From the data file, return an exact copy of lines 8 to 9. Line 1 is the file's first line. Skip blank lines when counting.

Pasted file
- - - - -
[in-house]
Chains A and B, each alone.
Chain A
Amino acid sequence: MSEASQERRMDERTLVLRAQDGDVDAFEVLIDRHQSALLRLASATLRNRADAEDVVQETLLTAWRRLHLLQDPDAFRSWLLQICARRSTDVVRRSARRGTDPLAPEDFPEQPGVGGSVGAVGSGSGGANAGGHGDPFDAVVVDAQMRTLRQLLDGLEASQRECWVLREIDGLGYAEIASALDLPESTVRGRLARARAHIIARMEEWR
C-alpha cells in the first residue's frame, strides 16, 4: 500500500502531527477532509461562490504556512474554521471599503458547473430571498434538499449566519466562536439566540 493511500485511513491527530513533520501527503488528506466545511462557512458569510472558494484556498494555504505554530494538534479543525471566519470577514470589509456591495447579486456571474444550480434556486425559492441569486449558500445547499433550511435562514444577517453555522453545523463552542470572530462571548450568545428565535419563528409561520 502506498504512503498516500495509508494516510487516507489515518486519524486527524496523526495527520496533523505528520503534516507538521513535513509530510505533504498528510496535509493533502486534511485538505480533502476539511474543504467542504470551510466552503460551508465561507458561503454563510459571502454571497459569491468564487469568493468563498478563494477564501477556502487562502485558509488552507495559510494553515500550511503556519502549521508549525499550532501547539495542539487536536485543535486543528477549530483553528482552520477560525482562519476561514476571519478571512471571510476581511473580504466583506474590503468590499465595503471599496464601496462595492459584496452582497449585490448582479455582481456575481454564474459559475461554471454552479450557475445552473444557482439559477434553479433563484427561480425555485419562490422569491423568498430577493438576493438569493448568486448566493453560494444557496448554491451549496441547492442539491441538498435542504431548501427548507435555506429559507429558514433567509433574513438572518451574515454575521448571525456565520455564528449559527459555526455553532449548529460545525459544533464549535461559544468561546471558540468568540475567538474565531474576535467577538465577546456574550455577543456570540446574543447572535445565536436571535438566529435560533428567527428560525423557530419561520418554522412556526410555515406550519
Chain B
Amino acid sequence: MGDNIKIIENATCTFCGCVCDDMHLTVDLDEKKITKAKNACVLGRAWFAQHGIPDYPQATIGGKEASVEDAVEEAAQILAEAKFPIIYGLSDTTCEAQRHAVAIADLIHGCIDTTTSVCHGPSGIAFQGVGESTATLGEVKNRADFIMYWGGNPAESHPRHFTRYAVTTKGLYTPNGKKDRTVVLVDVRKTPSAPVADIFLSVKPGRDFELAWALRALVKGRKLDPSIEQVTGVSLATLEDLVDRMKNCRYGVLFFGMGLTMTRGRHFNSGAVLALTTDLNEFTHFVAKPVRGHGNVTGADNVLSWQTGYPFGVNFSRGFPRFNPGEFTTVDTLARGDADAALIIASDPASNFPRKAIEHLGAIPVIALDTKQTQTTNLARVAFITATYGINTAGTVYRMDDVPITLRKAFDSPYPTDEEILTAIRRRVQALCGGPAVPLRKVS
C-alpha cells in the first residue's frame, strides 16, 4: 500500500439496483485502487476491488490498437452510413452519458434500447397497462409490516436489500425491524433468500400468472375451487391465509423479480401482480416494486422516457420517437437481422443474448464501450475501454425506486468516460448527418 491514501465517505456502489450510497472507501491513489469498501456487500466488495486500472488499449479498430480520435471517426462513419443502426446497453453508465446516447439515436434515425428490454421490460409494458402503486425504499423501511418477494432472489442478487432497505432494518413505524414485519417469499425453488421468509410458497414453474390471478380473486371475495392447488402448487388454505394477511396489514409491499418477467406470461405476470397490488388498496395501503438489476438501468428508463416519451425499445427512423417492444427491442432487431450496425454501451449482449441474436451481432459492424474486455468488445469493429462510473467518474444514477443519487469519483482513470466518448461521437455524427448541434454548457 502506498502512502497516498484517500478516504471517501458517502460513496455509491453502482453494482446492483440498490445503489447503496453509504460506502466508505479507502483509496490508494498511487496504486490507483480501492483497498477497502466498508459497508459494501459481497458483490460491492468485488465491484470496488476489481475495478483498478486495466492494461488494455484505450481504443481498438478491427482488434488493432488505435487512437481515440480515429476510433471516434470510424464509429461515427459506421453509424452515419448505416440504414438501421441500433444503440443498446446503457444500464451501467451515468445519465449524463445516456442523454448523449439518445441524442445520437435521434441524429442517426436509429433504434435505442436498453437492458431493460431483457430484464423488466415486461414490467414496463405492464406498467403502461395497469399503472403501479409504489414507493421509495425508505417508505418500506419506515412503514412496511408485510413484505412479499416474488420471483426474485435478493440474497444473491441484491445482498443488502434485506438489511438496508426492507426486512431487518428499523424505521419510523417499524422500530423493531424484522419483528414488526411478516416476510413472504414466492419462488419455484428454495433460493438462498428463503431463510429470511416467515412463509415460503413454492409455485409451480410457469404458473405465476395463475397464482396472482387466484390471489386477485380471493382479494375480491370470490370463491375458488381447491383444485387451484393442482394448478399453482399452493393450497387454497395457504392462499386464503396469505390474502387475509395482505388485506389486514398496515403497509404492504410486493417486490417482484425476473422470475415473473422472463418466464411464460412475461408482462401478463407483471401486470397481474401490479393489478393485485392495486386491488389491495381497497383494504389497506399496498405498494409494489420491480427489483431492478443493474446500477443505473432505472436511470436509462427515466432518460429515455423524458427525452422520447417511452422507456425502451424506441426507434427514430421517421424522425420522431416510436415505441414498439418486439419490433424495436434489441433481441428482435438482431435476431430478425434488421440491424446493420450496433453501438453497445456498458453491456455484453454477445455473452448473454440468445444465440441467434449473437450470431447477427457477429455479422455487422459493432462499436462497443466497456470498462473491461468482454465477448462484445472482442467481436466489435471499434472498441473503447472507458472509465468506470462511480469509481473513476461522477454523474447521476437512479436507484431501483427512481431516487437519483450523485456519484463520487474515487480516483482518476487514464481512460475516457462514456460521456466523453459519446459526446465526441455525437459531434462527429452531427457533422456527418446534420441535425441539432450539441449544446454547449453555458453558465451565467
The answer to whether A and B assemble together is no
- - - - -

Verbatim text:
C-alpha cells in the first residue's frame, strides 16, 4: 500500500439496483485502487476491488490498437452510413452519458434500447397497462409490516436489500425491524433468500400468472375451487391465509423479480401482480416494486422516457420517437437481422443474448464501450475501454425506486468516460448527418 491514501465517505456502489450510497472507501491513489469498501456487500466488495486500472488499449479498430480520435471517426462513419443502426446497453453508465446516447439515436434515425428490454421490460409494458402503486425504499423501511418477494432472489442478487432497505432494518413505524414485519417469499425453488421468509410458497414453474390471478380473486371475495392447488402448487388454505394477511396489514409491499418477467406470461405476470397490488388498496395501503438489476438501468428508463416519451425499445427512423417492444427491442432487431450496425454501451449482449441474436451481432459492424474486455468488445469493429462510473467518474444514477443519487469519483482513470466518448461521437455524427448541434454548457 502506498502512502497516498484517500478516504471517501458517502460513496455509491453502482453494482446492483440498490445503489447503496453509504460506502466508505479507502483509496490508494498511487496504486490507483480501492483497498477497502466498508459497508459494501459481497458483490460491492468485488465491484470496488476489481475495478483498478486495466492494461488494455484505450481504443481498438478491427482488434488493432488505435487512437481515440480515429476510433471516434470510424464509429461515427459506421453509424452515419448505416440504414438501421441500433444503440443498446446503457444500464451501467451515468445519465449524463445516456442523454448523449439518445441524442445520437435521434441524429442517426436509429433504434435505442436498453437492458431493460431483457430484464423488466415486461414490467414496463405492464406498467403502461395497469399503472403501479409504489414507493421509495425508505417508505418500506419506515412503514412496511408485510413484505412479499416474488420471483426474485435478493440474497444473491441484491445482498443488502434485506438489511438496508426492507426486512431487518428499523424505521419510523417499524422500530423493531424484522419483528414488526411478516416476510413472504414466492419462488419455484428454495433460493438462498428463503431463510429470511416467515412463509415460503413454492409455485409451480410457469404458473405465476395463475397464482396472482387466484390471489386477485380471493382479494375480491370470490370463491375458488381447491383444485387451484393442482394448478399453482399452493393450497387454497395457504392462499386464503396469505390474502387475509395482505388485506389486514398496515403497509404492504410486493417486490417482484425476473422470475415473473422472463418466464411464460412475461408482462401478463407483471401486470397481474401490479393489478393485485392495486386491488389491495381497497383494504389497506399496498405498494409494489420491480427489483431492478443493474446500477443505473432505472436511470436509462427515466432518460429515455423524458427525452422520447417511452422507456425502451424506441426507434427514430421517421424522425420522431416510436415505441414498439418486439419490433424495436434489441433481441428482435438482431435476431430478425434488421440491424446493420450496433453501438453497445456498458453491456455484453454477445455473452448473454440468445444465440441467434449473437450470431447477427457477429455479422455487422459493432462499436462497443466497456470498462473491461468482454465477448462484445472482442467481436466489435471499434472498441473503447472507458472509465468506470462511480469509481473513476461522477454523474447521476437512479436507484431501483427512481431516487437519483450523485456519484463520487474515487480516483482518476487514464481512460475516457462514456460521456466523453459519446459526446465526441455525437459531434462527429452531427457533422456527418446534420441535425441539432450539441449544446454547449453555458453558465451565467
The answer to whether A and B assemble together is no